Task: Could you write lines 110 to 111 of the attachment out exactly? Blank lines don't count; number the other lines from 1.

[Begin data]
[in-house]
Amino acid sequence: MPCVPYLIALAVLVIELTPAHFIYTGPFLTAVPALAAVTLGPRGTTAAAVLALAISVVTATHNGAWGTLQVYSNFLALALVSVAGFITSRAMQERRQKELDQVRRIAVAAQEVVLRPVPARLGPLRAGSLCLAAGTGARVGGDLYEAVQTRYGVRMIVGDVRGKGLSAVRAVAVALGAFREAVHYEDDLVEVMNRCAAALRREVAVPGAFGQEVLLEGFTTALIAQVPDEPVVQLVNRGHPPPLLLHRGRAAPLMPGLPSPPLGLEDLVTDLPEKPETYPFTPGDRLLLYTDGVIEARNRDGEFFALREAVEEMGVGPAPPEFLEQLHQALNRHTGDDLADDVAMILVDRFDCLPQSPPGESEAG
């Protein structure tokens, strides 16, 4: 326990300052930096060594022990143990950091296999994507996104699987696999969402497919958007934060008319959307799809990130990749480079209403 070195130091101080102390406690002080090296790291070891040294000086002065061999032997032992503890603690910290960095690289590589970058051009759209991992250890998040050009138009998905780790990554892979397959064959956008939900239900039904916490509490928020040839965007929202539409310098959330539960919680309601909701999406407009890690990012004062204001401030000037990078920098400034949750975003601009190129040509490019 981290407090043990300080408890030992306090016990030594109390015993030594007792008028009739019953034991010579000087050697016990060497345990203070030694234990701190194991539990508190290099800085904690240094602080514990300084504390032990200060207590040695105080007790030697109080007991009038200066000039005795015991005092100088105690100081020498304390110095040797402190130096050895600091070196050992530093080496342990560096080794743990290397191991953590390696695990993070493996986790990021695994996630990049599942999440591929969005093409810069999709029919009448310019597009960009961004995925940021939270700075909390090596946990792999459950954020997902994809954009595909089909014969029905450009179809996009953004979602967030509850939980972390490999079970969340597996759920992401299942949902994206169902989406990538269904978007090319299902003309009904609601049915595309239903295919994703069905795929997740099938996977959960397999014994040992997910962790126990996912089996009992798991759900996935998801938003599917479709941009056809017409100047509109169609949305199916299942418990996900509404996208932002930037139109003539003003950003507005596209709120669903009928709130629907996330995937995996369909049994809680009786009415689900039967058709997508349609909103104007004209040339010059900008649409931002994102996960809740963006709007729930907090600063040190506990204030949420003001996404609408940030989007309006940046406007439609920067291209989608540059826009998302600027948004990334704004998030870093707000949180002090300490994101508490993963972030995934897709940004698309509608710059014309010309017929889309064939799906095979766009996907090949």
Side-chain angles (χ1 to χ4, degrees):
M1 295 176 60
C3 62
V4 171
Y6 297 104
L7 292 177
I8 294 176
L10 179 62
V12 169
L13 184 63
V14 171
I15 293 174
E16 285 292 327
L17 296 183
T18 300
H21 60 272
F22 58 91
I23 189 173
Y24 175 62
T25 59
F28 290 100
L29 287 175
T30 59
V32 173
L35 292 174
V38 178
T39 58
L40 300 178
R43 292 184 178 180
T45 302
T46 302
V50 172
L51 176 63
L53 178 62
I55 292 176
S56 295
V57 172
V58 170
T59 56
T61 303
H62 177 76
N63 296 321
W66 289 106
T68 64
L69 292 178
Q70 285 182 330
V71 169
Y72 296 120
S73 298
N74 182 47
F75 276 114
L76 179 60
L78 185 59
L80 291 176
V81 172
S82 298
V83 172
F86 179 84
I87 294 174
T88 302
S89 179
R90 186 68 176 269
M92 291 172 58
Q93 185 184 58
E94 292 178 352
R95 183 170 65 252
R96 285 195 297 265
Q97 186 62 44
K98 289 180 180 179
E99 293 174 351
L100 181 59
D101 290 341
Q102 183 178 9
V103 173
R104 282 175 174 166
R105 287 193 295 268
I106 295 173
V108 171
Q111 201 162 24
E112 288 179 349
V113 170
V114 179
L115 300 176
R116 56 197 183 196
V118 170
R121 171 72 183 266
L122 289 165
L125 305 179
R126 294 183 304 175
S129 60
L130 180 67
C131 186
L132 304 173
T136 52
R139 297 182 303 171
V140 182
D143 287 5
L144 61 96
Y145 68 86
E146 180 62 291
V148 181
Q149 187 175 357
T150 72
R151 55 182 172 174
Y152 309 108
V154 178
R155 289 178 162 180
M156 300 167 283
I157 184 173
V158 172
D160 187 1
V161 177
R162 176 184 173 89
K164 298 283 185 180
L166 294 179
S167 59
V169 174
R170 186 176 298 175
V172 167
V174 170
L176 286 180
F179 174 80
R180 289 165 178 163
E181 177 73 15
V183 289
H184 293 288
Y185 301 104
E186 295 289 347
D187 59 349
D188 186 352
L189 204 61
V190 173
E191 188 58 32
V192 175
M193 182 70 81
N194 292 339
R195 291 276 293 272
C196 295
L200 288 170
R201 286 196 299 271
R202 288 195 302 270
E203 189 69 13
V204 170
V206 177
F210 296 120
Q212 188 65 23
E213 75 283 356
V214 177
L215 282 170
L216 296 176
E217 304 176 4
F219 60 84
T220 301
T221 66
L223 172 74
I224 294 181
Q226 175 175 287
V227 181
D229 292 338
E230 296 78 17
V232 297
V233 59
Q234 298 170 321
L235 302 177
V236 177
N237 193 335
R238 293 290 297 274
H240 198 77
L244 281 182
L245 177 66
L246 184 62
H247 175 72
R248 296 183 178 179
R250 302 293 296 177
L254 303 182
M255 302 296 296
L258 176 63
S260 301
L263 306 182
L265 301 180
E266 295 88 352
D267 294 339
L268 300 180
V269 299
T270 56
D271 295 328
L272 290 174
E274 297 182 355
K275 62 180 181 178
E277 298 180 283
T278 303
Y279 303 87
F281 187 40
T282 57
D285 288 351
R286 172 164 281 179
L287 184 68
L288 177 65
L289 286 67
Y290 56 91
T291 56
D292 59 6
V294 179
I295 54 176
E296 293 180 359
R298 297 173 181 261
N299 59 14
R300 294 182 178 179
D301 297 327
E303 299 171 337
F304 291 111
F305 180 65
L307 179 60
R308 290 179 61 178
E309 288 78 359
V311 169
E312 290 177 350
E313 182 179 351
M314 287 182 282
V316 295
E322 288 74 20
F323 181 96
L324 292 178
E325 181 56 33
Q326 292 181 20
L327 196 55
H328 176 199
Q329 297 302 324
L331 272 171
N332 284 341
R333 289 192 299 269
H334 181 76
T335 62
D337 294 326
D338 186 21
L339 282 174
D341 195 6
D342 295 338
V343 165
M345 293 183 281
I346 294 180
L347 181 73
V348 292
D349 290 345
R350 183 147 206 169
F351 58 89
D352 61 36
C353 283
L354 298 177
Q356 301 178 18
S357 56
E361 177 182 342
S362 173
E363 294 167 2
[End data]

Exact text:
R155 289 178 162 180
M156 300 167 283